Thinking back on Phantasy Star Online today, a game where you’d venture out with three other people to complete missions and take on enormous boss fights, it was like a preview of the co-op experience we’d get with games like Destiny, Anthem and The Division. The Dreamcast arrived years before I had a PC that could actually play games decently, so for me, and many other gamers, it offered a formative online experience. Nowadays, the only way for me to relive that PSO high is to hop on a private server.
In comparison, online support was practically an afterthought for the PlayStation 2. Sony sold modem and broadband adapter add-ons, but few games took advantage of them. Microsoft, which worked with Sega to implement Windows CE on the Dreamcast, meanwhile made broadband gaming a key feature of the original Xbox. Ethernet connectivity was built into every console, and with the launch of Xbox Live in 2002, there was finally an easy way for console gamers to play online like their PC brethren. And even without that service, the Xbox was a solid LAN gaming machine (at least, based on the many hours of Halo multiplayer I clocked in college).
While the Dreamcast was certainly prescient about the importance of online gaming, it came a bit too soon. It took a few years after its 1999 launch for broadband to become mainstream in homes, and to take advantage of that, you also had to buy a separate adapter. Who, but crazed PSO fans like myself, would do that?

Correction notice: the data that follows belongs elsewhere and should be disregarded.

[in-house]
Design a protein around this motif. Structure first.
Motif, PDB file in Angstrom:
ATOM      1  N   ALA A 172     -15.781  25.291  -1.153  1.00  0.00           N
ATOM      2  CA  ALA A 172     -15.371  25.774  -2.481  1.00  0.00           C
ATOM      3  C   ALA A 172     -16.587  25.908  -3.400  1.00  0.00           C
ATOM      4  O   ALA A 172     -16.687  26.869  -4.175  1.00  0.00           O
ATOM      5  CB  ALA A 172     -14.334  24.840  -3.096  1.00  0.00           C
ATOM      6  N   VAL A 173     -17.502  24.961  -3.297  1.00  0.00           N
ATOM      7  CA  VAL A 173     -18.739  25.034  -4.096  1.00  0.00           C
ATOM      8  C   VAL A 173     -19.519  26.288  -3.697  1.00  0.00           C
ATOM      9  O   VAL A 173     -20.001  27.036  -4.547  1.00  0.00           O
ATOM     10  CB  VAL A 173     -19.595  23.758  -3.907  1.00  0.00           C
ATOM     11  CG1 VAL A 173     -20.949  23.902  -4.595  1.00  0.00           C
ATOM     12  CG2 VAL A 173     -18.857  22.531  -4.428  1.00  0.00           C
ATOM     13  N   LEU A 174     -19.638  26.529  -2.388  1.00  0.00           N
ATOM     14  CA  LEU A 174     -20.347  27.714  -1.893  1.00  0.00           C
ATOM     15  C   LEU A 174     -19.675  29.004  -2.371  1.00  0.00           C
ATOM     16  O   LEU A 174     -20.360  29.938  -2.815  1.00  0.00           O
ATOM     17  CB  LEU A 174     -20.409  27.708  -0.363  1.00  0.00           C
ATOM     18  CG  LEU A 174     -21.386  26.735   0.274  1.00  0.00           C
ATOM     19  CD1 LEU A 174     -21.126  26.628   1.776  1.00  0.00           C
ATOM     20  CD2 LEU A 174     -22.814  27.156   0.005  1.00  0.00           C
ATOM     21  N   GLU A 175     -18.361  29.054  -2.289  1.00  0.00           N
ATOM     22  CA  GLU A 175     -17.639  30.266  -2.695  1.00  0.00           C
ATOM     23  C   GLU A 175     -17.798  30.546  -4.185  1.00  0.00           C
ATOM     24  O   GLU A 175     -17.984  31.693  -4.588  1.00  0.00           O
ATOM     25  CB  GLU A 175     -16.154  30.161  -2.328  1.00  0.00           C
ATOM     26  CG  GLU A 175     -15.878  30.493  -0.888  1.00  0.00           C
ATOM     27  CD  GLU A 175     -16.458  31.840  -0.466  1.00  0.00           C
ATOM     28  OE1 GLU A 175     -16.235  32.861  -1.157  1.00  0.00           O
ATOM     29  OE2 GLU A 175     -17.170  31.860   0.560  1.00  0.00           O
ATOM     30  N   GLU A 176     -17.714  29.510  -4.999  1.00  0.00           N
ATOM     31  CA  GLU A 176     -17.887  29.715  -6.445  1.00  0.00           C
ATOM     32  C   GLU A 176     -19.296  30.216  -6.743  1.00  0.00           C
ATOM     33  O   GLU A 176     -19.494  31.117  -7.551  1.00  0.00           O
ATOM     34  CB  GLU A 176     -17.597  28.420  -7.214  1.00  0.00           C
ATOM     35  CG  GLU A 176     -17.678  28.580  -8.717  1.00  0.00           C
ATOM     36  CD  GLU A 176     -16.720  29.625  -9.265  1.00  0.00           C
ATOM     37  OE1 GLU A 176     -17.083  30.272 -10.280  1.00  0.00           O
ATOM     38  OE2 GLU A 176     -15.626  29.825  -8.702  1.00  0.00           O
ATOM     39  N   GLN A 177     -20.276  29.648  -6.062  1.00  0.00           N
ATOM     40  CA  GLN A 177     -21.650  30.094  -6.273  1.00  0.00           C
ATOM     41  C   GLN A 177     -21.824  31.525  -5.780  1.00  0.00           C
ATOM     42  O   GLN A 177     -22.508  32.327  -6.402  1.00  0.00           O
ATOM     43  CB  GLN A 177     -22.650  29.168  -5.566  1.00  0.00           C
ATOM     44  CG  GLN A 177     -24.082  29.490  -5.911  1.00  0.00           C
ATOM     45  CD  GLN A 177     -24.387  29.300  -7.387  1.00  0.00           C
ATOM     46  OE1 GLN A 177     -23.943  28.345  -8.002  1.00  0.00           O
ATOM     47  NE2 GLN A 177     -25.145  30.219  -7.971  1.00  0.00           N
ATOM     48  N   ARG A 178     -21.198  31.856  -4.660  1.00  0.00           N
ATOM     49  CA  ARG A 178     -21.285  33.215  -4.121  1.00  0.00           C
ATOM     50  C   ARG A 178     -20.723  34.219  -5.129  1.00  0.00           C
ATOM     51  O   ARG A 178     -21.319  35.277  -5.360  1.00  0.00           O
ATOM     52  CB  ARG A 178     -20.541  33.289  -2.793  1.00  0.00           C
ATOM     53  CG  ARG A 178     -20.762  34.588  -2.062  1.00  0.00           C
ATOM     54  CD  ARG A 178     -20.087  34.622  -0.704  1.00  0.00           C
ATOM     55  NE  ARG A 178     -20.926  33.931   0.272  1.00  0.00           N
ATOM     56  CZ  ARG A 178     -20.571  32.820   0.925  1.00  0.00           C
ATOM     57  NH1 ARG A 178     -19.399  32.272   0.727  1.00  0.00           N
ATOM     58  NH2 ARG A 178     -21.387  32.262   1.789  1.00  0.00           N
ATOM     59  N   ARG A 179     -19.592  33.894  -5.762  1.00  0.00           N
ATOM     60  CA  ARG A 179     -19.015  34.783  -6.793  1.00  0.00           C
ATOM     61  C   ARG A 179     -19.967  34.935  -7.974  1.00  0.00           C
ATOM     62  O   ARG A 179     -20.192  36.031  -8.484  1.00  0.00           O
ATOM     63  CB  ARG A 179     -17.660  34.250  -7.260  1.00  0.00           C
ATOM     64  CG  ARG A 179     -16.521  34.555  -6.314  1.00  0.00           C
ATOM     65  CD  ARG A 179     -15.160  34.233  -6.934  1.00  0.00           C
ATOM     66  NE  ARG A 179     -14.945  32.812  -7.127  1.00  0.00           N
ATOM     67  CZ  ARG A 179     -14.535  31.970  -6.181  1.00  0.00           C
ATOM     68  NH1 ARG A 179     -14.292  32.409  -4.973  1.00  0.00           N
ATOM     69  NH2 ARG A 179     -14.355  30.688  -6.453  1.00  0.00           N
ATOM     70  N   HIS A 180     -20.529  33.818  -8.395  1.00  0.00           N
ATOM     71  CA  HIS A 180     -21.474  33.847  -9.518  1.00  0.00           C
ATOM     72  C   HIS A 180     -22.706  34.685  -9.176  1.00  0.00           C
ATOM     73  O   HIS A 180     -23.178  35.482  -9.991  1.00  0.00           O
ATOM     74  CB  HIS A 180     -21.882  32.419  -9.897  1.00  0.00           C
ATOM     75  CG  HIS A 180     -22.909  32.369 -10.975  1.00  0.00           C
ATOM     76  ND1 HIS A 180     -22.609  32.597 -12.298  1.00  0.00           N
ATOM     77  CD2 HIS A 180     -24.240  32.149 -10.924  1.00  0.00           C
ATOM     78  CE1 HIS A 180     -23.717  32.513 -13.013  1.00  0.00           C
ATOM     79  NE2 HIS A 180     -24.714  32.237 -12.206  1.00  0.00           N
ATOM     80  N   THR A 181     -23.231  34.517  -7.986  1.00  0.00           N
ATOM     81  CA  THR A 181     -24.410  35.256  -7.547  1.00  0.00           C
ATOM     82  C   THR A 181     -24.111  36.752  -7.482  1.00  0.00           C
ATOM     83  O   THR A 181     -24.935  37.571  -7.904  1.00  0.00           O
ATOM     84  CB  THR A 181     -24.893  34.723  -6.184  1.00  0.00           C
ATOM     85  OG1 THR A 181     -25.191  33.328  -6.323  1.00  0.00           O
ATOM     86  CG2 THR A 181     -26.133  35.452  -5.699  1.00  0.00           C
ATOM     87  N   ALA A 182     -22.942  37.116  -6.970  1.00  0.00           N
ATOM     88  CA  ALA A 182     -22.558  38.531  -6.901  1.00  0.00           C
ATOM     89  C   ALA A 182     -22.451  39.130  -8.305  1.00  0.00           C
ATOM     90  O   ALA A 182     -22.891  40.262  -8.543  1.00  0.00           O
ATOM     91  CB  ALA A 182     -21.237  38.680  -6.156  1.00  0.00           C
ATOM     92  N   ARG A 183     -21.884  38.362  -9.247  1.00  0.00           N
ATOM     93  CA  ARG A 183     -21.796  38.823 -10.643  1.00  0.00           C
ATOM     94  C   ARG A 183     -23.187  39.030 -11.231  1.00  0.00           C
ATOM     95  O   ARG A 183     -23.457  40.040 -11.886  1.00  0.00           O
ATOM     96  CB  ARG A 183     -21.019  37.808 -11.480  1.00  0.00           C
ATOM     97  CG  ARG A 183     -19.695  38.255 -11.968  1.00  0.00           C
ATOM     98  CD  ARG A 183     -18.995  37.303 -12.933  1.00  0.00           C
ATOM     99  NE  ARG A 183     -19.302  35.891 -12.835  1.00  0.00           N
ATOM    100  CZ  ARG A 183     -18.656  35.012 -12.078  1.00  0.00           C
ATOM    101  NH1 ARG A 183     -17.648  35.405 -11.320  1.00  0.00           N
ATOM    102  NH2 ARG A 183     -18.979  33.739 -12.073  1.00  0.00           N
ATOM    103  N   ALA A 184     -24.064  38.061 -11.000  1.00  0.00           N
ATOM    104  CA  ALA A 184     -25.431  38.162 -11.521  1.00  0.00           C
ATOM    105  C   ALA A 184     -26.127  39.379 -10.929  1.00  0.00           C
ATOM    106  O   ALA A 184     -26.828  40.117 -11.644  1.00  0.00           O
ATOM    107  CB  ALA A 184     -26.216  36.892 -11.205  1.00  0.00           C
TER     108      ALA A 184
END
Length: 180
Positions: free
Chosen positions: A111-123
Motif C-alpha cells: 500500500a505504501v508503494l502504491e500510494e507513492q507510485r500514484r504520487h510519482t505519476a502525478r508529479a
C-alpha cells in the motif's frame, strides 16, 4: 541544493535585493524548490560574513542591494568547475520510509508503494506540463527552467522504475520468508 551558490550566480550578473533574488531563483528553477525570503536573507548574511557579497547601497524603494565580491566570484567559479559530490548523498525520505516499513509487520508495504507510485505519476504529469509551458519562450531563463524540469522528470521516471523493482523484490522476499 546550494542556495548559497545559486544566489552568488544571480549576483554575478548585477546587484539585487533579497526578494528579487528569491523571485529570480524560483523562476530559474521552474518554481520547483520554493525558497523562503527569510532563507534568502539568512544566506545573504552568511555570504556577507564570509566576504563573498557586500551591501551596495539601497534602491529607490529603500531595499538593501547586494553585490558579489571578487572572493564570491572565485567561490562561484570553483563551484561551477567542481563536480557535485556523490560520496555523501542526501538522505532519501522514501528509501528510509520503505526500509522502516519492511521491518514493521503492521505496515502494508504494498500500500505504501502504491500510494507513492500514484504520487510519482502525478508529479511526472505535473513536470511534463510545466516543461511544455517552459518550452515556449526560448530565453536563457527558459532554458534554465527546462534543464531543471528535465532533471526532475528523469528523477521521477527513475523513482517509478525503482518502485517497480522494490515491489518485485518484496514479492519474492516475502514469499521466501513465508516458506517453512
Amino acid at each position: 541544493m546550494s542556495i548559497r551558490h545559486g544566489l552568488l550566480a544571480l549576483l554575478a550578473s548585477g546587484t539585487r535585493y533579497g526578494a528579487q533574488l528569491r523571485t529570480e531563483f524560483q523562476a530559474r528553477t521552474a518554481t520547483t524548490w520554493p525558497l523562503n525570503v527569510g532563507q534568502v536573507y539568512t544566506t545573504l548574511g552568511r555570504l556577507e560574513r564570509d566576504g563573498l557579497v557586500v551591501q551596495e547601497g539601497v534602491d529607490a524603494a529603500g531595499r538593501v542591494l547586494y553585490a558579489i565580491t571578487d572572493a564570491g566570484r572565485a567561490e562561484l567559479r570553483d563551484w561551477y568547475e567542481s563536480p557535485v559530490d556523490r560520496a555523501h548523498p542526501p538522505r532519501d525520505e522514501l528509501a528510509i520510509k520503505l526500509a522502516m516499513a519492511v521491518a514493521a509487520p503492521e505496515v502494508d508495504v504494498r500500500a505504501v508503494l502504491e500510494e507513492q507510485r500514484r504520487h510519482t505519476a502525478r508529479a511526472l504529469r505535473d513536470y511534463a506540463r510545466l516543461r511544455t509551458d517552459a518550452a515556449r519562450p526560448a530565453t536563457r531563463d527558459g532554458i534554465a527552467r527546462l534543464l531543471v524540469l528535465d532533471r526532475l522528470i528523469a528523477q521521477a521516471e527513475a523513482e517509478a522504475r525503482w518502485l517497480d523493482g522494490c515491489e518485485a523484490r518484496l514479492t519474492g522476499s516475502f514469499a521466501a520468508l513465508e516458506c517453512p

It’s basically the Xbox 0.5
In a broader sense, it’s easy to see how Microsoft learned a few lessons from the Dreamcast. It was a console that failed due to a lack of third-party support, extreme marketing competition from Sony, and, unfortunately, bad timing. While the original Xbox repeated some of those mistakes, come the Xbox 360, it was clear Microsoft finally figured out how to wrestle with Sony.
If you squint a bit, the Xbox 360 even looks like a Dreamcast sequel, with its sleek white case and circular logo. (This 2005 1up article lays out some truly eerie similarities, including the fact that executive Peter Moore with involved with both console’s launches.) Xbox Live also evolved into a much more useful service on the Xbox 360 — something that was integrated throughout the entire console.
Other noteworthy tidbits:
The Dreamcast’s controller accessory, the VMU, predicted remote app support for games like Destiny and the Wii U’s dual-screen play.
The basic layout of the Dreamcast’s controller would also be replicated on Xbox systems and other pads, like Nintendo’s Switch Pro Controller.
It was also the first console to user a higher-capacity optical disc than CDs, the 1.2 GB GD-ROM.
With a cable accessory, you could also get 480p output from many games. It wasn’t HD, but it was the closest we could get until HDTVs went mainstream around 2005.
If you can’t tell by now, the Dreamcast holds a special place in my heart. It was the first console I bought for myself, after toiling away for months as an electronics sales associate at OfficeMax. I also lucked into a pile of excellent games early on (thanks to affiliate sales from my anime fansites). Mostly though, it was the rare gadget that made me feel like I was actually seeing the future first-hand. Twenty years later, turns out I was right.